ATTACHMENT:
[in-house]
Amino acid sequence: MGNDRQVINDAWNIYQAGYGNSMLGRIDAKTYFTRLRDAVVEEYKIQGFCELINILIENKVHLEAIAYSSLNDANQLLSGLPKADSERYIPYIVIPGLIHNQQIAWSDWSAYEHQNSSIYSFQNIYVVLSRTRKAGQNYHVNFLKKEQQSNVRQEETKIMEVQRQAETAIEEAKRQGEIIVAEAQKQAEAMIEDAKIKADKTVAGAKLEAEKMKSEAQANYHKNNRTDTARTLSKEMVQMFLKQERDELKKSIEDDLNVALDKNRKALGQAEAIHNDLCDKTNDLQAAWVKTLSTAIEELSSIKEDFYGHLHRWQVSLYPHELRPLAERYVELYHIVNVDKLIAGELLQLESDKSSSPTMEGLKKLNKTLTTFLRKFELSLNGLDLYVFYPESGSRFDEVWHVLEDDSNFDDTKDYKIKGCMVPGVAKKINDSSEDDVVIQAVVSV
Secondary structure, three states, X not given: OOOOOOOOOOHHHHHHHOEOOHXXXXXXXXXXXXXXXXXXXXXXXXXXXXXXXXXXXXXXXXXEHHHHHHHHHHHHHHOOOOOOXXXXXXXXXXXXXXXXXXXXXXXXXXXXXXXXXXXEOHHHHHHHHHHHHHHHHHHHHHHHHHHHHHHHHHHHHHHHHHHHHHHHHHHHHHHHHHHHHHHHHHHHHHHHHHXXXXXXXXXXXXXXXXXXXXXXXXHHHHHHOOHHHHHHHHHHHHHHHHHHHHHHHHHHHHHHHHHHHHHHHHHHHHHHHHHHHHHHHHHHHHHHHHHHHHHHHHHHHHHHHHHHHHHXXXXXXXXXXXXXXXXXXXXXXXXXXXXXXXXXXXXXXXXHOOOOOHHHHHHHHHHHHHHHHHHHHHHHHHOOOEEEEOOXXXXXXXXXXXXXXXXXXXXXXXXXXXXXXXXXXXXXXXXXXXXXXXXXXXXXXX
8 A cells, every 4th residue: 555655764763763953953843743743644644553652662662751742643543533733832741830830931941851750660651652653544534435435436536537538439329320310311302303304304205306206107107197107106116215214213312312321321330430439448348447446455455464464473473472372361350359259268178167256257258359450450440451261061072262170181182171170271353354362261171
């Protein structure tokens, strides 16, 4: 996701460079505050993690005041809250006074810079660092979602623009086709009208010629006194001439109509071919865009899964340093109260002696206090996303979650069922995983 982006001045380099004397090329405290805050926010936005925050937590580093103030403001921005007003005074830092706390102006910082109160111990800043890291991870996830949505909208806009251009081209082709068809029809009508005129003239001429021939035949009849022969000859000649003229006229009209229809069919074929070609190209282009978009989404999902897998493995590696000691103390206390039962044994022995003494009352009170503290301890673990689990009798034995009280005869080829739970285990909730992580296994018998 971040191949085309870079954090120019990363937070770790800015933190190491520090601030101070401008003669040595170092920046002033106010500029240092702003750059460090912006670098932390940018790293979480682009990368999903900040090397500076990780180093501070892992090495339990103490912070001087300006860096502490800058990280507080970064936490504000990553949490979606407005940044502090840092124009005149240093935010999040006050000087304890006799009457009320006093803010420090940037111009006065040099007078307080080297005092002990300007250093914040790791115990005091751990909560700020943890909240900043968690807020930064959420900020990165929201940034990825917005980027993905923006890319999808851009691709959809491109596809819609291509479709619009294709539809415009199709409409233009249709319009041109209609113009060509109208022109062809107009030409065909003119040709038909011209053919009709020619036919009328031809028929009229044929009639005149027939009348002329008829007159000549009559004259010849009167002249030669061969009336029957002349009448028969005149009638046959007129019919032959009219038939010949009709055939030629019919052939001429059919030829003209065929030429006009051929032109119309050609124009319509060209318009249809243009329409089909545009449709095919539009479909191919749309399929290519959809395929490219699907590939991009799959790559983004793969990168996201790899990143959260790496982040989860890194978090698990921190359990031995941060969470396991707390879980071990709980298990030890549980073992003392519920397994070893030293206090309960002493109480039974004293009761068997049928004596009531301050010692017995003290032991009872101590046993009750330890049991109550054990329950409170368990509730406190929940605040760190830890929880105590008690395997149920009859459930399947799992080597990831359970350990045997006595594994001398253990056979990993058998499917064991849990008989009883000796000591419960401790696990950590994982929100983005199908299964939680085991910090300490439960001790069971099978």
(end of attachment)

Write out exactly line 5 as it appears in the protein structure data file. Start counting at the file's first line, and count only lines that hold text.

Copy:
């Protein structure tokens, strides 16, 4: 996701460079505050993690005041809250006074810079660092979602623009086709009208010629006194001439109509071919865009899964340093109260002696206090996303979650069922995983 982006001045380099004397090329405290805050926010936005925050937590580093103030403001921005007003005074830092706390102006910082109160111990800043890291991870996830949505909208806009251009081209082709068809029809009508005129003239001429021939035949009849022969000859000649003229006229009209229809069919074929070609190209282009978009989404999902897998493995590696000691103390206390039962044994022995003494009352009170503290301890673990689990009798034995009280005869080829739970285990909730992580296994018998 971040191949085309870079954090120019990363937070770790800015933190190491520090601030101070401008003669040595170092920046002033106010500029240092702003750059460090912006670098932390940018790293979480682009990368999903900040090397500076990780180093501070892992090495339990103490912070001087300006860096502490800058990280507080970064936490504000990553949490979606407005940044502090840092124009005149240093935010999040006050000087304890006799009457009320006093803010420090940037111009006065040099007078307080080297005092002990300007250093914040790791115990005091751990909560700020943890909240900043968690807020930064959420900020990165929201940034990825917005980027993905923006890319999808851009691709959809491109596809819609291509479709619009294709539809415009199709409409233009249709319009041109209609113009060509109208022109062809107009030409065909003119040709038909011209053919009709020619036919009328031809028929009229044929009639005149027939009348002329008829007159000549009559004259010849009167002249030669061969009336029957002349009448028969005149009638046959007129019919032959009219038939010949009709055939030629019919052939001429059919030829003209065929030429006009051929032109119309050609124009319509060209318009249809243009329409089909545009449709095919539009479909191919749309399929290519959809395929490219699907590939991009799959790559983004793969990168996201790899990143959260790496982040989860890194978090698990921190359990031995941060969470396991707390879980071990709980298990030890549980073992003392519920397994070893030293206090309960002493109480039974004293009761068997049928004596009531301050010692017995003290032991009872101590046993009750330890049991109550054990329950409170368990509730406190929940605040760190830890929880105590008690395997149920009859459930399947799992080597990831359970350990045997006595594994001398253990056979990993058998499917064991849990008989009883000796000591419960401790696990950590994982929100983005199908299964939680085991910090300490439960001790069971099978």